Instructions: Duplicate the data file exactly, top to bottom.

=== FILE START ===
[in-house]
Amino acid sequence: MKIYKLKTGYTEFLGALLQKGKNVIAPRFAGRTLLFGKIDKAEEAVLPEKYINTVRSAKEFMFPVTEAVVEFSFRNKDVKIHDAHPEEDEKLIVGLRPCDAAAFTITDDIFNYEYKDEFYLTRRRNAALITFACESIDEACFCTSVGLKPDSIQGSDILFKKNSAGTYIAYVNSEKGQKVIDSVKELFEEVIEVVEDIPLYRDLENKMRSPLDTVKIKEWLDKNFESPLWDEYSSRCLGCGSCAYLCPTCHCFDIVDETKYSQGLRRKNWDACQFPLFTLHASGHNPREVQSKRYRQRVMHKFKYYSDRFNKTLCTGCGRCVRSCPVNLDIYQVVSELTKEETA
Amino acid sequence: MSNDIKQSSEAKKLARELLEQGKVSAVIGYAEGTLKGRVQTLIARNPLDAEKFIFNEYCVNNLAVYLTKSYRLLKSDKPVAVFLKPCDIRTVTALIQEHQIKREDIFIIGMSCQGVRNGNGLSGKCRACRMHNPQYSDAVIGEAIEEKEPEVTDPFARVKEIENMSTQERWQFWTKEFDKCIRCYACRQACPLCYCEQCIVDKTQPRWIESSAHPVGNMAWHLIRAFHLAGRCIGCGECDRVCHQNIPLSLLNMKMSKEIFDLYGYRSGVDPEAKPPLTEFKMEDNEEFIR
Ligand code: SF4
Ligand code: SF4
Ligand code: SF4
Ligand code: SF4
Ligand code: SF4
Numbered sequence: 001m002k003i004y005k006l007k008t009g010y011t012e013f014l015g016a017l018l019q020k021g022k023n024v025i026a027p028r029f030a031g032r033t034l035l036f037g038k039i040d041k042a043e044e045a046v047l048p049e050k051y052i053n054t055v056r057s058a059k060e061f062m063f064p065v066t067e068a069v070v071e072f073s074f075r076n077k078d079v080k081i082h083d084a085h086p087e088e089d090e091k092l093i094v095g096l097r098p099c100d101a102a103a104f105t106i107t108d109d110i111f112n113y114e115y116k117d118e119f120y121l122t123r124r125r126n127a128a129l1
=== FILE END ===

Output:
[in-house]
Amino acid sequence: MKIYKLKTGYTEFLGALLQKGKNVIAPRFAGRTLLFGKIDKAEEAVLPEKYINTVRSAKEFMFPVTEAVVEFSFRNKDVKIHDAHPEEDEKLIVGLRPCDAAAFTITDDIFNYEYKDEFYLTRRRNAALITFACESIDEACFCTSVGLKPDSIQGSDILFKKNSAGTYIAYVNSEKGQKVIDSVKELFEEVIEVVEDIPLYRDLENKMRSPLDTVKIKEWLDKNFESPLWDEYSSRCLGCGSCAYLCPTCHCFDIVDETKYSQGLRRKNWDACQFPLFTLHASGHNPREVQSKRYRQRVMHKFKYYSDRFNKTLCTGCGRCVRSCPVNLDIYQVVSELTKEETA
Amino acid sequence: MSNDIKQSSEAKKLARELLEQGKVSAVIGYAEGTLKGRVQTLIARNPLDAEKFIFNEYCVNNLAVYLTKSYRLLKSDKPVAVFLKPCDIRTVTALIQEHQIKREDIFIIGMSCQGVRNGNGLSGKCRACRMHNPQYSDAVIGEAIEEKEPEVTDPFARVKEIENMSTQERWQFWTKEFDKCIRCYACRQACPLCYCEQCIVDKTQPRWIESSAHPVGNMAWHLIRAFHLAGRCIGCGECDRVCHQNIPLSLLNMKMSKEIFDLYGYRSGVDPEAKPPLTEFKMEDNEEFIR
Ligand code: SF4
Ligand code: SF4
Ligand code: SF4
Ligand code: SF4
Ligand code: SF4
Numbered sequence: 001m002k003i004y005k006l007k008t009g010y011t012e013f014l015g016a017l018l019q020k021g022k023n024v025i026a027p028r029f030a031g032r033t034l035l036f037g038k039i040d041k042a043e044e045a046v047l048p049e050k051y052i053n054t055v056r057s058a059k060e061f062m063f064p065v066t067e068a069v070v071e072f073s074f075r076n077k078d079v080k081i082h083d084a085h086p087e088e089d090e091k092l093i094v095g096l097r098p099c100d101a102a103a104f105t106i107t108d109d110i111f112n113y114e115y116k117d118e119f120y121l122t123r124r125r126n127a128a129l1